Tips to remember while driving.

  • Stretch your following distance. Ice or snow can increase your stopping distance from three to 10 times.
  • Avoid a collision by intentionally steering your vehicle off the road and into a snowbank in an emergency situation.
  • Be able to see and be seen. Clean snow off all windows, mirrors, lights and reflectors.

If winter weather traps you in your car

  • Stay in the vehicle. Do not attempt to walk in a blizzard. Disorientation comes quickly in blowing and drifting snow. Being lost in open country during a blizzard is extremely dangerous. You are more likely to be found in your vehicle and you will be sheltered there.
  • Avoid overexertion and exposure. Exertions from attempting to push your stuck vehicle, shoveling heavy drifts, and performing other difficult tasks during strong winds, blinding snow, and the bitter cold of a blizzard may cause a heart attack...even for persons in apparently good physical condition.
  • Be aware of carbon monoxide. Burn candles and run the engine and heater sparingly, and only with a down-wind window slightly open for ventilation. Freezing rain, wet snow, and wind-driven snow can completely seal the passenger compartment of your vehicle. Make sure that snow has not blocked the exhaust pipe.
  • Insulate. Blankets, extra clothing, floor mats, and even newspapers and road maps can be used for extra warmth.
  • Exercise by clapping your hands and moving your arms and legs from time to time, and do not stay in one position for long. Don’t overdo it. Exercise warms you but also increases body heat loss.
  • Take turns keeping watch. If more than one person is in the vehicle, don’t all sleep at the same time. If alone, stay awake as long as possible.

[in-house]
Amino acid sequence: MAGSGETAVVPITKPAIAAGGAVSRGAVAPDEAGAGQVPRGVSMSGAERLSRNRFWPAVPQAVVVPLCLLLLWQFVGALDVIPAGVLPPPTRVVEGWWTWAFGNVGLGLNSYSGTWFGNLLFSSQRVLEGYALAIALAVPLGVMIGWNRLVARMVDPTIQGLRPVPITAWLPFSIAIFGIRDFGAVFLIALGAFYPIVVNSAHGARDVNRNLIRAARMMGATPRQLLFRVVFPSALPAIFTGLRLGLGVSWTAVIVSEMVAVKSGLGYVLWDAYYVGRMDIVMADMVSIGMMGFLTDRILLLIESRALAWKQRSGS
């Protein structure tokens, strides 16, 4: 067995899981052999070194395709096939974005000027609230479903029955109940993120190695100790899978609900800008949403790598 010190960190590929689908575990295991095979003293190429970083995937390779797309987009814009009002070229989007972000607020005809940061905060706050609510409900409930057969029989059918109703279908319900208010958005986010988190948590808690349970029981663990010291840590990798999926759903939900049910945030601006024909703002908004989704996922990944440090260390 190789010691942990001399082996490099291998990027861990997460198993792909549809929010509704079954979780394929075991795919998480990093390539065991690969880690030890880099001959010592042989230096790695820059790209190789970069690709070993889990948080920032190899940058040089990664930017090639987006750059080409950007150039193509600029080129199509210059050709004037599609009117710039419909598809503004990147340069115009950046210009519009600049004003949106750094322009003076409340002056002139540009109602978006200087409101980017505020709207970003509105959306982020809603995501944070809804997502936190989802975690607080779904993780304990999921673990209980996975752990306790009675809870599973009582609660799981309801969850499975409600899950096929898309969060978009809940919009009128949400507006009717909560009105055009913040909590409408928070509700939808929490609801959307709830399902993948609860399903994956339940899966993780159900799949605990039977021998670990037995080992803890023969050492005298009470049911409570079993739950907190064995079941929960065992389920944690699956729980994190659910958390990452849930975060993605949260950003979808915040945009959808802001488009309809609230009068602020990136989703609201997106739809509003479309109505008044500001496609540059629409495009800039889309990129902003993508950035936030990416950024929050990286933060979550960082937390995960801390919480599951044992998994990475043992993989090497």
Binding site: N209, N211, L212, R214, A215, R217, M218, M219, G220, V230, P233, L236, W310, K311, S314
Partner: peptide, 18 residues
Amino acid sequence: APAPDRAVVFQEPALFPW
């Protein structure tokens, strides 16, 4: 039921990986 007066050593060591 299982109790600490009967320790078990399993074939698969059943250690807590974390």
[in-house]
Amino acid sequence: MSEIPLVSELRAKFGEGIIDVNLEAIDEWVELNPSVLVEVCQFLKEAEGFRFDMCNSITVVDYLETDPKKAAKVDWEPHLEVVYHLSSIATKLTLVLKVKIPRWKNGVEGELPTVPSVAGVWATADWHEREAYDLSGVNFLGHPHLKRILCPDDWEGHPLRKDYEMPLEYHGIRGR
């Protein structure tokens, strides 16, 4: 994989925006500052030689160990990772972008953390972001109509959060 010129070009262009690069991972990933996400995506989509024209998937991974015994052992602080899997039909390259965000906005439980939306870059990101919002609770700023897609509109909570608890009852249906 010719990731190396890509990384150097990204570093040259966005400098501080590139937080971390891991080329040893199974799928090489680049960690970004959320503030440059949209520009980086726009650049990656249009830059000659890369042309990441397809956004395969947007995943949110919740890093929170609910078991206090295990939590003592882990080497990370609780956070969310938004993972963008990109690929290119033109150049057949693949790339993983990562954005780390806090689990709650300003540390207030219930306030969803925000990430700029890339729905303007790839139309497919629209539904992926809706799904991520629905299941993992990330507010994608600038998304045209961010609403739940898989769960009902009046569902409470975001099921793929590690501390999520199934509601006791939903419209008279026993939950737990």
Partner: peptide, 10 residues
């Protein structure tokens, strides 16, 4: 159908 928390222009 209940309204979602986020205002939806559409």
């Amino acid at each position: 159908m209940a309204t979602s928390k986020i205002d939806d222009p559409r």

• Turn on the interior light at night to make your vehicle more visible to rescue and work crews.

Dressing for cold weather:

  • Dress in layers. Avoid cotton clothing; instead, wear wool or other insulating fabrics that will keep you warmer and make sure your outer-most layers are waterproof.
  • Try to keep mittens and gloves dry. Carry spare pairs in case they get wet.
  • Wear a hat. About 40 percent of our body heat can escape through our heads.
  • Wear shoes or boots that fit appropriately. Use closures (laces, Velcro or buckles) to ensure a secure fit. Depth and sole pattern are important in snow, but the material of the outsole is most important. Rubber soles grip best in colder temperatures.
  • When needed, use aids such as canes, walking sticks or walkers
  • Frostnip is an early warning sign of frostbite. It leaves the skin white and numb. Frostbite occurs mostly on fingers, toes, ears, noses and cheeks. The affected area will become very cold and turn white or yellowish gray. If you notice frostbite, get medical care immediately.


Print the Winter Storms brochure or request copies via our contact form.

Winter Weather Brochure